The plots and storylines found in Superbook, Season 1 are a hodgepodge of above and below average content. First, the redundant Bible lesson setups at the start of each episode are not very creative, and the Bible story portrayals range from very creative to generic. For example, at the beginning of every episode either Chris or Joy (mostly Chris) either refuse obey authority, misjudge someone else’s character, etc. Following this, Superbook flies out of Chris’s pocket and transports the two children – via a colorful portal – into an alternate Biblical timeline. The remainder of the runtime is spent here, and each episode concludes with the show’s theme song. The main problem with this storyline model is that is becomes very monotonous if the creative team does not include self-aware dialogue that pokes fun at this fact – see the older VeggieTales episodes for more on this. In comparison, as we indicated earlier, a few of the episodes portray well-known Bible stories in unique ways and have above average depth for a children’s series. Unfortunately, other portrayals are choppy and very basic. The only other major error to note for storyline is that this first season moves at a breakneck speed from Genesis all the way through Revelation in only thirteen episodes. In order to accomplish this feat, the creators included a handful of Old Testament characters, along with Jesus, his disciples, and Paul from the New Testament. This cherry-picking style leaves out many important parts of the Bible and makes it impossible to maintain a discernible storyline. Lastly, the character development in this series is also a mix of good and bad. In this portrayal, Jesus is stiff, inaccessible, and speaks in a monotone. The issue here should go without saying. Moreoever, all of the adults are always trying to teach the kids something – there’s no regular conversations between these two age groups. And now for the most unusual part of this series. The Satan character is completely non-believable and satirical, as evidenced by this sinister screenshot of a moment that happens over and over again in the series:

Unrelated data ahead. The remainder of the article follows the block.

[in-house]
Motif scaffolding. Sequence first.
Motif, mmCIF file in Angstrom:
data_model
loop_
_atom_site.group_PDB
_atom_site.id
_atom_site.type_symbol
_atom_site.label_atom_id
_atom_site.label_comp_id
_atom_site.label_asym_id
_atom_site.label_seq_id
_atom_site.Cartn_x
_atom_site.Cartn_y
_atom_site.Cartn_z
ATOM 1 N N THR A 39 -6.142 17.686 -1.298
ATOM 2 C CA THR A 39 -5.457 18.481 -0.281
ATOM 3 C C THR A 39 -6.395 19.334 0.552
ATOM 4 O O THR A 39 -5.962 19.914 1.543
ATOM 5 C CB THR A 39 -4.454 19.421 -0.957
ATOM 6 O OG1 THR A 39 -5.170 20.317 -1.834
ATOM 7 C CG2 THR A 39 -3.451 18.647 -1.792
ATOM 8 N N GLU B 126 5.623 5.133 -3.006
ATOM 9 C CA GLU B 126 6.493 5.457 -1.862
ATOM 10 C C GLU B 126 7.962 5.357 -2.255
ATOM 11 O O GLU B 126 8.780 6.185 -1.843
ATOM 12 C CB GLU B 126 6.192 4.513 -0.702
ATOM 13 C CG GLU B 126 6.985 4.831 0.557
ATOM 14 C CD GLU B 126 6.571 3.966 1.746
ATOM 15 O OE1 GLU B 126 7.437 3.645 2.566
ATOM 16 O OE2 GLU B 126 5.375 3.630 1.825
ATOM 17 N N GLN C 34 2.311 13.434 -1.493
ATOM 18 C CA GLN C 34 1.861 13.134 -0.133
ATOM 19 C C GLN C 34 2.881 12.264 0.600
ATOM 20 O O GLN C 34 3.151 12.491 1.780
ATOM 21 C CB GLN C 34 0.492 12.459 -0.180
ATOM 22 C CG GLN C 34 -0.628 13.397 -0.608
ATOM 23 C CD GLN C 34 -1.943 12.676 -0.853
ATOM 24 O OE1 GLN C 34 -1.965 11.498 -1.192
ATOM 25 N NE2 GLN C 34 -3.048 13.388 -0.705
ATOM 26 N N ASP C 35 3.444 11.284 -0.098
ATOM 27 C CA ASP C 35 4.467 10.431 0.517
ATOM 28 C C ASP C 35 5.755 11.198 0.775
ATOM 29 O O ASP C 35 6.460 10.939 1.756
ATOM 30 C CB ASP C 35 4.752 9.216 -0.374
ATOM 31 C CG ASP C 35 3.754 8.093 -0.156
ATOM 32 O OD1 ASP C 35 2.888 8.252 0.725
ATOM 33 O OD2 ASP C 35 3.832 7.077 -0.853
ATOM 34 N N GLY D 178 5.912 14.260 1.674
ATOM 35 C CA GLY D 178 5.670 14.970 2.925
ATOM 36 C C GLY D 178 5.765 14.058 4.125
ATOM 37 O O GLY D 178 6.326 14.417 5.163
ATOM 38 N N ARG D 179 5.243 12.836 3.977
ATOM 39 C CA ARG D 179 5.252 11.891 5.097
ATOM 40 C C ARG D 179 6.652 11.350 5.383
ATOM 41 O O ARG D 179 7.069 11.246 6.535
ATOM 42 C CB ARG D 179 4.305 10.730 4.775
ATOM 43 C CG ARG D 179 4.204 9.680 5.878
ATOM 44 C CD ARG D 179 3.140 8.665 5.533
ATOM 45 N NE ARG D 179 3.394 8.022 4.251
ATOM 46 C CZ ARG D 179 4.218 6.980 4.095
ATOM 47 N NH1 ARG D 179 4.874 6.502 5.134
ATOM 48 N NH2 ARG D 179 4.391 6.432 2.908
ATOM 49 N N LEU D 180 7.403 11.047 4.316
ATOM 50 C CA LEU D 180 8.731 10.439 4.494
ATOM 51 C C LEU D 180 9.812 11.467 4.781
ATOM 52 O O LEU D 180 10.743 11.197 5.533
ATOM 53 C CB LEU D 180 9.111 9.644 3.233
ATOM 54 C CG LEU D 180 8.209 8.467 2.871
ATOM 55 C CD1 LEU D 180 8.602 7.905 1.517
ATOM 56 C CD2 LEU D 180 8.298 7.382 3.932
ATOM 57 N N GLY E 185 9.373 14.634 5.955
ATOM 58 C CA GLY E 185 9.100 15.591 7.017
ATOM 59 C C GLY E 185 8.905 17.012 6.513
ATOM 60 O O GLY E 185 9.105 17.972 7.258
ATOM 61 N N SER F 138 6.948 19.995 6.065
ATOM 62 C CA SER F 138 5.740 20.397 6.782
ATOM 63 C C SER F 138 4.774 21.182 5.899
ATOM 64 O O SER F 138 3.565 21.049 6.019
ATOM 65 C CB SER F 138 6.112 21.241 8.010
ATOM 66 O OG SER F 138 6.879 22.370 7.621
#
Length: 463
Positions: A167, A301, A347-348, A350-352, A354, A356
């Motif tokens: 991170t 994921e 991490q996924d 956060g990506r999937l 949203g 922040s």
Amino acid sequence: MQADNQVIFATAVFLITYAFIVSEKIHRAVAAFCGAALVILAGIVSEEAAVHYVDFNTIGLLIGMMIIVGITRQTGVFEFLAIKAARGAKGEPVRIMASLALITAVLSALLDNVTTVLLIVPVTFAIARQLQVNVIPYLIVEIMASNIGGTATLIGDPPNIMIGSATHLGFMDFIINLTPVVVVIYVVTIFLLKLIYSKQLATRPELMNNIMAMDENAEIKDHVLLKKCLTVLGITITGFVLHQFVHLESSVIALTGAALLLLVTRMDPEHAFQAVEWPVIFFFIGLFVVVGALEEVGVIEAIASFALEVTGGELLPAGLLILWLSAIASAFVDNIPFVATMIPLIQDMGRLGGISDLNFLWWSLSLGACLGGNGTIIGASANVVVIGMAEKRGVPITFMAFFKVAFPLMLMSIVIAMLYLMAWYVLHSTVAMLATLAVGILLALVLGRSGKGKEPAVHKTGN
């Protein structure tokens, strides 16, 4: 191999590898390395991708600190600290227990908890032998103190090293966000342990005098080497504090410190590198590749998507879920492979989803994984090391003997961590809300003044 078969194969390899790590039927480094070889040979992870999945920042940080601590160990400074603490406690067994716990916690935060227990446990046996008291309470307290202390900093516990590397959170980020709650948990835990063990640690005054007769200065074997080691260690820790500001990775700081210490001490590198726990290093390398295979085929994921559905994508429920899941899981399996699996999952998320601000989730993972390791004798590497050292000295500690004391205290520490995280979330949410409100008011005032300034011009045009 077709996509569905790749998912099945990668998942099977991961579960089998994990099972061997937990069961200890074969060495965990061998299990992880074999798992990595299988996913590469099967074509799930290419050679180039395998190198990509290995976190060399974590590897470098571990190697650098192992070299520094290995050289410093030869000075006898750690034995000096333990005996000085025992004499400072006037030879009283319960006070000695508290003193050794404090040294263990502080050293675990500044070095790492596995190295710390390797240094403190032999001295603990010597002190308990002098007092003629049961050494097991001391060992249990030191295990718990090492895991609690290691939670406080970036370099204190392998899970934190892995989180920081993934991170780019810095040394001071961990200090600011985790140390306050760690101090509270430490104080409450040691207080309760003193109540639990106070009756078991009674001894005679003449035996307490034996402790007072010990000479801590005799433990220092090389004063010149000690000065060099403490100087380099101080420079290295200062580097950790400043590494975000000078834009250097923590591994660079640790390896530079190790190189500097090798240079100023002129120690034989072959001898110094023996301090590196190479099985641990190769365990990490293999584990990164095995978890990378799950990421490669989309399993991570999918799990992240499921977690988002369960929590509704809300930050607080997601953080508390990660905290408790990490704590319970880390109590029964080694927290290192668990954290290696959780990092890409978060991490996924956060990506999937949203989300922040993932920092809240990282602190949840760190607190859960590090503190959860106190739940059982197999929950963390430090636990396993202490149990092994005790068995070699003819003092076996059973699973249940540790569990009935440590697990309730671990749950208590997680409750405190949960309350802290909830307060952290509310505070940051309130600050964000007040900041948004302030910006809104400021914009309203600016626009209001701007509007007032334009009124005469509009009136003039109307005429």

Ahem, I think you get the point there. Basically the New Testament portion of the series focuses on Satan way more than on Jesus, which basically negates the entire purpose of this being a Bible show. In summary, the plots, storylines, and character development in this series are all below average.
Acting Quality (1.5 points)
Similarly, the acting quality of this series is average. The voice actors are mostly fine, with nothing extraordinary to note. Most of them use well modulated tones (except the guy voicing Jesus), and produce a quality performance. As a side note, some of the children are voiced by adults, which is apparent in the show. This is distracting and sends an odd message to viewers. Additionally, it would have been nice to have some culturally authentic voice casts (i.e. not all white cast members), as many of the actors are clearly not of Israeli descent. Other than that, there’s not much else to note here.